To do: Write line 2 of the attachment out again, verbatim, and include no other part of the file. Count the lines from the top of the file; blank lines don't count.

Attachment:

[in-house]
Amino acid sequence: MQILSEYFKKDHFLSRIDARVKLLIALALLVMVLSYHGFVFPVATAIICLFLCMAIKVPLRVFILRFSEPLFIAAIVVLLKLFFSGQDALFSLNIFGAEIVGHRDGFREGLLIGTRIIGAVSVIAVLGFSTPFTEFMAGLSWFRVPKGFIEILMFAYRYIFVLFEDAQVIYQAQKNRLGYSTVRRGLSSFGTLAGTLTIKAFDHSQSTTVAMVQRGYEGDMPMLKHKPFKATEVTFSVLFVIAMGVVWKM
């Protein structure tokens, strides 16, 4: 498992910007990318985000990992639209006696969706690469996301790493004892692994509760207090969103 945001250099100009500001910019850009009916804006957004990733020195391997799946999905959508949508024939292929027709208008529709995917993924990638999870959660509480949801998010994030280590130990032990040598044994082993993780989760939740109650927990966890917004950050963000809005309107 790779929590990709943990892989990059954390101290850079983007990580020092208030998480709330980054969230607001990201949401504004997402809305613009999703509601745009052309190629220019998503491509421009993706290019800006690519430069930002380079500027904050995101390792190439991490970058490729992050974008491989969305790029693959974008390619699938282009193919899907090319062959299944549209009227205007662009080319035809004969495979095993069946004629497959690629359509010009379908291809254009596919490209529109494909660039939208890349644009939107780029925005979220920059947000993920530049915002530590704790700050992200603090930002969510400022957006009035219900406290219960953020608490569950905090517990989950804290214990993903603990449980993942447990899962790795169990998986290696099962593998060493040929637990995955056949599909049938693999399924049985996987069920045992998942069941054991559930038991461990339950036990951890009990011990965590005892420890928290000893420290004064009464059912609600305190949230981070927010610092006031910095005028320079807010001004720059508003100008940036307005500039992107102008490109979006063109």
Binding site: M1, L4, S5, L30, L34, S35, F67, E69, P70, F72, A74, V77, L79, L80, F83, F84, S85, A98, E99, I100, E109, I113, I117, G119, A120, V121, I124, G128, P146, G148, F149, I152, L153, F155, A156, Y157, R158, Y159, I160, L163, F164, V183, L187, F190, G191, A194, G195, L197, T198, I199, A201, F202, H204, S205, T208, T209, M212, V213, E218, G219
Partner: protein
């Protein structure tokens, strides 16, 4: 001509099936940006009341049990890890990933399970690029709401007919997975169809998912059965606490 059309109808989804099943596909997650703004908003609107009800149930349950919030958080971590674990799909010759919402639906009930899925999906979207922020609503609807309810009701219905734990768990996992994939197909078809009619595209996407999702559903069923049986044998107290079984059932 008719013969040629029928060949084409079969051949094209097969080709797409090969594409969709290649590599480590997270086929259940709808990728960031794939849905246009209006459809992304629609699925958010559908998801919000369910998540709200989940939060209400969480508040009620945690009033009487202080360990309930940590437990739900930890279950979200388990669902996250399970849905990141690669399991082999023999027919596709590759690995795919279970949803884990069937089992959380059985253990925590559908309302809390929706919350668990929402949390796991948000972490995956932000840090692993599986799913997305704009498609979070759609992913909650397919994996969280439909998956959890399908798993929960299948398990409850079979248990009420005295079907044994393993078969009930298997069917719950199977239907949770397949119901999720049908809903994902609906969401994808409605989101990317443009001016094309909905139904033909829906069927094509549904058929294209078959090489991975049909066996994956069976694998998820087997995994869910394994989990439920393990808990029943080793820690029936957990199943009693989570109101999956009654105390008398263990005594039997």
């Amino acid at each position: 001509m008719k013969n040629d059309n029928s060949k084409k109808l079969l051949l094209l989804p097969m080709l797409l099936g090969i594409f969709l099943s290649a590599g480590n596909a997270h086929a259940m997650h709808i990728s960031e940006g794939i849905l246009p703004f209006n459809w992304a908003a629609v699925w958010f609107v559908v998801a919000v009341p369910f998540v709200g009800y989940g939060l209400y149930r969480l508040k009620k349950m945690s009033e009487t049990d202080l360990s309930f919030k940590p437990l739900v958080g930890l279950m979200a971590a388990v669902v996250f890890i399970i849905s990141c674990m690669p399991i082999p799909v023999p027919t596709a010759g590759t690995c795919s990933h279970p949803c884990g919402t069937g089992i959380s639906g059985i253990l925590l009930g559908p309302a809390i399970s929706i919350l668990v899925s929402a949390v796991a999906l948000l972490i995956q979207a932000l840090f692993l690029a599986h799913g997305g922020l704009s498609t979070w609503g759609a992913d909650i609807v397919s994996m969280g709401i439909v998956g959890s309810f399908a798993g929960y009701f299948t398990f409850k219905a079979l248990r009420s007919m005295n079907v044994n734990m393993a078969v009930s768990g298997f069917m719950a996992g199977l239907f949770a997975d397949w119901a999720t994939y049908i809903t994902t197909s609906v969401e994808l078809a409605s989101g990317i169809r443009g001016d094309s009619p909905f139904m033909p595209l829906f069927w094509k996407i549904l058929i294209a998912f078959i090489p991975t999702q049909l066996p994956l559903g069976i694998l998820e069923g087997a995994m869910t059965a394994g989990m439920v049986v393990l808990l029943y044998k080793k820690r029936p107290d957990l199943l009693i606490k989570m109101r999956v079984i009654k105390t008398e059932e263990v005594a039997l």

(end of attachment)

Amino acid sequence: MQILSEYFKKDHFLSRIDARVKLLIALALLVMVLSYHGFVFPVATAIICLFLCMAIKVPLRVFILRFSEPLFIAAIVVLLKLFFSGQDALFSLNIFGAEIVGHRDGFREGLLIGTRIIGAVSVIAVLGFSTPFTEFMAGLSWFRVPKGFIEILMFAYRYIFVLFEDAQVIYQAQKNRLGYSTVRRGLSSFGTLAGTLTIKAFDHSQSTTVAMVQRGYEGDMPMLKHKPFKATEVTFSVLFVIAMGVVWKM